Monday, 18 January 2010

How Much Water Is Enough?

Paying heed to the amount of fluids that we drink daily may be more important than you think.

While eight glasses water per day is a reliable guide, factors such as gender, level of activity, diet and body weight influence the exact amount of water that one needs.

“An individual’s daily water intake can vary widely,” said Dr Chin Khong Ling, a family physician at Healthway Medical Sengkang Clinic.

“Generally, adult females need 2.2 litres while males need 2.9 litres of water daily, but this can go up to 4.5 litres for those doing manual work in high temperatures,” he added.

This is because exertion causes the body to lose water through sweat. Other than perspiration, water is also lost through breathing, urine and stools, said Dr Wong Wei Mon, s senior physician at Raffles Medical.

Even mild dehydration, which refers to a fluid deficit of 2 per cent, can wreak havoc on one’s body and mind.

“Physically, one may experience perceived or real muscle weakness,” said general practitioner Karen Soh of Pacific Wellness Centre. “Psychological effects include tiredness, headaches and a reduced ability to concentrate and analyse information,” she said.

Research such as a 1998 study published in the European Journal Of Clinical Nutrition found that mild dehydration decreases mathematical ability, visual-motor function and short-term memory. Later studies also found adverse effects on perception and reaction time.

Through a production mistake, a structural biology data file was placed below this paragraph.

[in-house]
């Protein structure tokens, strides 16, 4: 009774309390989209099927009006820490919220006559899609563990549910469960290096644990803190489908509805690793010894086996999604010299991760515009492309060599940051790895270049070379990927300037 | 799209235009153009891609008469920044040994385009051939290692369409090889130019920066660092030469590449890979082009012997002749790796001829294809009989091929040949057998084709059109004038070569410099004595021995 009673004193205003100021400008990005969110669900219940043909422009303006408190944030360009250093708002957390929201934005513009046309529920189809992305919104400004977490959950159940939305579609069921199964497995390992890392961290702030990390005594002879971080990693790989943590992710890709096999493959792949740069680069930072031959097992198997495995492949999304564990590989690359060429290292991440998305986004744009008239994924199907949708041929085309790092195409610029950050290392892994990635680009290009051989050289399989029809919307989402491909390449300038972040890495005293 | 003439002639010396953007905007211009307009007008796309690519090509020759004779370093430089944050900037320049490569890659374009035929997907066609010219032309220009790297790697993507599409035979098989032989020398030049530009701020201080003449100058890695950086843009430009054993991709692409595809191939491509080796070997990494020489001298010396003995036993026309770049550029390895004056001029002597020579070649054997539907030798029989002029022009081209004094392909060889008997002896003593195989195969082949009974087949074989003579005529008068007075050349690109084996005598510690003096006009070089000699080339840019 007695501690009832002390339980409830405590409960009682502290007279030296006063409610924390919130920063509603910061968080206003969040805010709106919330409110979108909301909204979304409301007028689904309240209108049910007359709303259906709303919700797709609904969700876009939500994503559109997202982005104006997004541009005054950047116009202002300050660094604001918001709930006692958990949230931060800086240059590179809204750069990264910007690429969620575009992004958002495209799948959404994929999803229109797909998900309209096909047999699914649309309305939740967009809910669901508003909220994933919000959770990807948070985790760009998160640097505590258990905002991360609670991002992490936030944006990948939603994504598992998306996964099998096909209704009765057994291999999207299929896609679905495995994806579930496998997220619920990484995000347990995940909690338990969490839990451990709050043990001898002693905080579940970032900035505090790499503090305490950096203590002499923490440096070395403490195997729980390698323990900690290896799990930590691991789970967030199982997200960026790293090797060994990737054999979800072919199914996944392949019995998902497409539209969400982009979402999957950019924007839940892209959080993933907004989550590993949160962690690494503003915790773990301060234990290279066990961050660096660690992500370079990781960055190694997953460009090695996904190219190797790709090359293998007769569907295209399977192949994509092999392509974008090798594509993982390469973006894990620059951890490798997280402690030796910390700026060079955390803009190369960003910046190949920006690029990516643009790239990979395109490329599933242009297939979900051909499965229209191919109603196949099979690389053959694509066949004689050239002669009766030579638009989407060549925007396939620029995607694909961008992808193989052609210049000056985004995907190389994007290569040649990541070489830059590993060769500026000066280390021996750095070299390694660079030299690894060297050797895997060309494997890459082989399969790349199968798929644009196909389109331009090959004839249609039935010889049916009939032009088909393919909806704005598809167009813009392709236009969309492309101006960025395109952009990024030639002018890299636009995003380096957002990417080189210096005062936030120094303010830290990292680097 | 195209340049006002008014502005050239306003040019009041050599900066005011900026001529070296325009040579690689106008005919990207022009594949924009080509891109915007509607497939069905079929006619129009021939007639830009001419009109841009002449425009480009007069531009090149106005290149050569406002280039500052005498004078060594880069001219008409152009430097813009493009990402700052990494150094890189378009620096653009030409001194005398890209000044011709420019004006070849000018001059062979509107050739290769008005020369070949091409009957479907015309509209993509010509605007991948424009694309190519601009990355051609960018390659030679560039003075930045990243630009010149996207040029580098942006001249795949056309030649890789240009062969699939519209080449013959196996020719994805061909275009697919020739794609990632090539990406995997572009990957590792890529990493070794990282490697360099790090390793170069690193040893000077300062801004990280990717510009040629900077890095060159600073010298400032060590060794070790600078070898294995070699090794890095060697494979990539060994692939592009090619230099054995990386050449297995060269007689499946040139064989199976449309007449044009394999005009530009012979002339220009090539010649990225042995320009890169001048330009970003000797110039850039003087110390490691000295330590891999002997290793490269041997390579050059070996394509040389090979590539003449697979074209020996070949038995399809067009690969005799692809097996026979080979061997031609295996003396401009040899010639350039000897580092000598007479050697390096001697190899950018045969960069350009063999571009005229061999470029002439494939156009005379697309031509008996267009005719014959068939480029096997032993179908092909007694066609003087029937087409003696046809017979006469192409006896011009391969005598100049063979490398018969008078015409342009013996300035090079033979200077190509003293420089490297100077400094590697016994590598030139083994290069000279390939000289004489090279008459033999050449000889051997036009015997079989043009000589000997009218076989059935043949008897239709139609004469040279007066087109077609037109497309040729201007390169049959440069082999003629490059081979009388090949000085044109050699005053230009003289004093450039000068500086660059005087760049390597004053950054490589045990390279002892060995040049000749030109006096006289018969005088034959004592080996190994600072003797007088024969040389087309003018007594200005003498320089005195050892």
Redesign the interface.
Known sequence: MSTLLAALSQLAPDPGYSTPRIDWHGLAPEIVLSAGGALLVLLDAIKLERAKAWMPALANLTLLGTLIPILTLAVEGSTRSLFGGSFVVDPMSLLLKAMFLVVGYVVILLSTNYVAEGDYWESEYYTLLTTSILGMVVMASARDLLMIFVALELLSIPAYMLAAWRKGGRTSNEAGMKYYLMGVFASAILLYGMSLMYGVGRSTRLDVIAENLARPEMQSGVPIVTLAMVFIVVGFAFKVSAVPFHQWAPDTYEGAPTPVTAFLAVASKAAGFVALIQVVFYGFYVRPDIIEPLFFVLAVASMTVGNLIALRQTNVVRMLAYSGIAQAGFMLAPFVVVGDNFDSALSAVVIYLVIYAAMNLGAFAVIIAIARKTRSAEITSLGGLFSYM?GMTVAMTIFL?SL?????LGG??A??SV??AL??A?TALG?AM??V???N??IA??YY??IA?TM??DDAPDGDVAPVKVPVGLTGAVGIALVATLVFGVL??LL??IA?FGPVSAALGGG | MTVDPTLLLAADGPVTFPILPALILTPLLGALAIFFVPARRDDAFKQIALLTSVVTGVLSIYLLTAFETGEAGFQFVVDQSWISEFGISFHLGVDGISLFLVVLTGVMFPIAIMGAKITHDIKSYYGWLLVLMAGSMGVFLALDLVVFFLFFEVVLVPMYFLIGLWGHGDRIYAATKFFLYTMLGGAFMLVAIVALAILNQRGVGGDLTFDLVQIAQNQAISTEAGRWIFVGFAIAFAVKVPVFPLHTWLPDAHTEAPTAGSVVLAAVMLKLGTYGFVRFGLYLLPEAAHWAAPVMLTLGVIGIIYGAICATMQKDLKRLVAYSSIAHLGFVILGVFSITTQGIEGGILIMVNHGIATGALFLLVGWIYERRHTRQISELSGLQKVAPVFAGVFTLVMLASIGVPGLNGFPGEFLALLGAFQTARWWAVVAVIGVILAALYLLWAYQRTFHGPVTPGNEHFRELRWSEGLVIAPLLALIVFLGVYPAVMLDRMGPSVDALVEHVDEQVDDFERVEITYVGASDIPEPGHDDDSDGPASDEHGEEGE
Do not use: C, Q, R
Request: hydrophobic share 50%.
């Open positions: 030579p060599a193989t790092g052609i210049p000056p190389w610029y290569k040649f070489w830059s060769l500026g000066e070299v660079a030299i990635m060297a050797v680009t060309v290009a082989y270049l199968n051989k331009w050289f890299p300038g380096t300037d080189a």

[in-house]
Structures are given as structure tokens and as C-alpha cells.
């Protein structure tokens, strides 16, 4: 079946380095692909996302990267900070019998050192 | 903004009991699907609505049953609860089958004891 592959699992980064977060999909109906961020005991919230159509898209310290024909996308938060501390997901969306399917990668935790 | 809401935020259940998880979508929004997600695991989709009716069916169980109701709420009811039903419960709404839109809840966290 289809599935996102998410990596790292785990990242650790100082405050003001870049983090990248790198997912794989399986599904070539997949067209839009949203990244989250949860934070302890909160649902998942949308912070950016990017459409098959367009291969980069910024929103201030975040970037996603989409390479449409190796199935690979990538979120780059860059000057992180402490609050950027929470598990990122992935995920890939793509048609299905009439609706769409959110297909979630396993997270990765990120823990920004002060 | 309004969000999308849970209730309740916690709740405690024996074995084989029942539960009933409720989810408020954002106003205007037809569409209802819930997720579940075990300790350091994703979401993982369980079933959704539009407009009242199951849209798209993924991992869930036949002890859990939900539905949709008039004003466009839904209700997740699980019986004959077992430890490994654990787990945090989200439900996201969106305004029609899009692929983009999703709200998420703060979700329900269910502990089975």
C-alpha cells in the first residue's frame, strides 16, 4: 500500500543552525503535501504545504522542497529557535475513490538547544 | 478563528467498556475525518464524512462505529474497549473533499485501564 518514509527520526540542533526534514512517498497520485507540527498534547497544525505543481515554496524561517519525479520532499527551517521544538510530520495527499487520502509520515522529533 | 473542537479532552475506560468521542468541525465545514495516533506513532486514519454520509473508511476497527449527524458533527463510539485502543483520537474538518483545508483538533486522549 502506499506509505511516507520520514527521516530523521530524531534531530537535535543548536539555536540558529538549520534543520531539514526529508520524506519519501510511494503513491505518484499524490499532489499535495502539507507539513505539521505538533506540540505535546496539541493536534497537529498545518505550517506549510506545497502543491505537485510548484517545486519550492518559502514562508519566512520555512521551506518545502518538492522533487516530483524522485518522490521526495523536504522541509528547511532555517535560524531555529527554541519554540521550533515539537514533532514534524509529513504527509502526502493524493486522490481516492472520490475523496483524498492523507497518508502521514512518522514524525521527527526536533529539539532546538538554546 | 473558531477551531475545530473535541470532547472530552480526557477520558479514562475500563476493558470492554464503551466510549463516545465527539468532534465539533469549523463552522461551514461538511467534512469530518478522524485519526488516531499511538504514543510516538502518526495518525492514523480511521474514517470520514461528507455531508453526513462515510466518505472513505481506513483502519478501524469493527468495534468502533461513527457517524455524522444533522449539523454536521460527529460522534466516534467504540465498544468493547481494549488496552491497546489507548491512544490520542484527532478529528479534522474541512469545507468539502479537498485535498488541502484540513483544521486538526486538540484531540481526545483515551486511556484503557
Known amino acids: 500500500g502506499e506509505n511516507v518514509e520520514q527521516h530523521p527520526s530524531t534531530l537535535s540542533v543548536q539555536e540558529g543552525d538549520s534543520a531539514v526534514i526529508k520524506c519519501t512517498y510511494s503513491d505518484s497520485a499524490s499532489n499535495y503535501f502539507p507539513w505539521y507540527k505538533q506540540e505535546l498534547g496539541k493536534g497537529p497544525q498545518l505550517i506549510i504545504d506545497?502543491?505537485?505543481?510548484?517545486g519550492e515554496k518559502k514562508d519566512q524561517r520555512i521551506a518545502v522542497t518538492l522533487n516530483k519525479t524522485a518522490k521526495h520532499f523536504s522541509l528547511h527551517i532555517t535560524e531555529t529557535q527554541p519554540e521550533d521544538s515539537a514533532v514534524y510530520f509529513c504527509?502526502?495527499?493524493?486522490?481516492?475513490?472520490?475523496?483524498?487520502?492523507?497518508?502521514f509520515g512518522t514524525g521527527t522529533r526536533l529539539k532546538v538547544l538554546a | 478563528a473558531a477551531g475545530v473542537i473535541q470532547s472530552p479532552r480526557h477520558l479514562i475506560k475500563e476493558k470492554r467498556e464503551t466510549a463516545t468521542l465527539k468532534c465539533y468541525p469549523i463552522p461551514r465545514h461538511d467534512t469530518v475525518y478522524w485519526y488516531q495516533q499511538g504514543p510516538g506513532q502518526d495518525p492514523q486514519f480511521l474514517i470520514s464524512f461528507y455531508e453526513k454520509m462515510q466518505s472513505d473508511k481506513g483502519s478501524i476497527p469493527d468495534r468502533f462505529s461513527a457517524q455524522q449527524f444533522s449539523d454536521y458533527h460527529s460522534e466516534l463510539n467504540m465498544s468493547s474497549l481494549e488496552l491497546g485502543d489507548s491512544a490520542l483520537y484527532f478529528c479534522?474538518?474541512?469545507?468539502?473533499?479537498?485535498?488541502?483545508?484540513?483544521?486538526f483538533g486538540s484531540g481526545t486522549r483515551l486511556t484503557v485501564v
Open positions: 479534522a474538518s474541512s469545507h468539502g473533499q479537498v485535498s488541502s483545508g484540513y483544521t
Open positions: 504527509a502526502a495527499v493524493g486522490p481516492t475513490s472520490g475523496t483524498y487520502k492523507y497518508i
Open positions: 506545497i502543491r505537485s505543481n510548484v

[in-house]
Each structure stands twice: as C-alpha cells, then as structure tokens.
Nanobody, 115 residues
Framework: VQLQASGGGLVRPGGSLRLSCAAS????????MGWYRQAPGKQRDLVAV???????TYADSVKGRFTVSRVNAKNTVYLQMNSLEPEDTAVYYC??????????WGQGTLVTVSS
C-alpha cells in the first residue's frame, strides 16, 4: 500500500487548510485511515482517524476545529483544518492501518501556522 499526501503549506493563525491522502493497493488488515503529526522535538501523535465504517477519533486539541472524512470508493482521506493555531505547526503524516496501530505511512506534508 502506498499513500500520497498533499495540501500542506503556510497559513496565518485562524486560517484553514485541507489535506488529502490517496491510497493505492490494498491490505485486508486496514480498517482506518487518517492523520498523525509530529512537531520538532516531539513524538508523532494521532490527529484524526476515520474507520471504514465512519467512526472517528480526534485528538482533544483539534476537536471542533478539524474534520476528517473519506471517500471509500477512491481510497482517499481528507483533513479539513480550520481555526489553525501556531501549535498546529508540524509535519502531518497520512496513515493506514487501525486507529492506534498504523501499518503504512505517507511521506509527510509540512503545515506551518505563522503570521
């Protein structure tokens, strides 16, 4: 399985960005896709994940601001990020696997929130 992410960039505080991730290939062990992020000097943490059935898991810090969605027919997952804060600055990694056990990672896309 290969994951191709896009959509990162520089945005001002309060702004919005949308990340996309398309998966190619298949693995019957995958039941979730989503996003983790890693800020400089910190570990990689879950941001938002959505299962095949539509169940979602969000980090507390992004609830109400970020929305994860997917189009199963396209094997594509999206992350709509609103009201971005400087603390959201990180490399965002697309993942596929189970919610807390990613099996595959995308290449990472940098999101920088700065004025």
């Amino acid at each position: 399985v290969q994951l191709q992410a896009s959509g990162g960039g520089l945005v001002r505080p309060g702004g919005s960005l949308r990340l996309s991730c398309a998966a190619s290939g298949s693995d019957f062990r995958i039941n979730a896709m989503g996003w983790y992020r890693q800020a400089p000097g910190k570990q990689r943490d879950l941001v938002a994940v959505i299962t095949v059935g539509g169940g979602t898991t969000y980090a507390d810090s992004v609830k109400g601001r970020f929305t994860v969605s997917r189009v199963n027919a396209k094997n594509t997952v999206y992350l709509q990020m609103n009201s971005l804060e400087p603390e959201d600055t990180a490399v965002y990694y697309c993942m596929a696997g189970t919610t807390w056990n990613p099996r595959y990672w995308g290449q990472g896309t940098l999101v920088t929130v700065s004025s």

The reason for such serious consequences is water’s key role in major bodily functions.

“Water makes up more than 70 per cent of most tissues, including muscle, skin and visceral organs.” Said Dr Wong. “Our bodies need water for blood circulation, digestion, to maintain body temperature and for hormonal communication between the organs.”

All three doctors agreed that thirst is a poor indicator of dehydration.

“By the time you get thirst, it is too late,” said Dr Wong adding that we should drink water frequently throughout the day and avoid too many diuretic beverages like coffee and alcohol, which promote water loss through urination.

However, one should not overdo drinking either. Too much water leads to water intoxication, where electrolyte levels in the blood stream are diluted to very low levels, warned Dr Soh.

“Water intoxication can occur in endurance athletes who drink plain water without replacing the electrolytes lost through sweat or in those involved in low-intensity exercise but who over-hydrate in the belief that tremendous water intake is beneficial,” she said.

Dr Soh added that such cases are rare as the kidneys will try to remove the excess fluid, and one should consider electrolyte-containing beverages after physical exertion instead of plain bottled or tap water.

- Poon Chian Hui 

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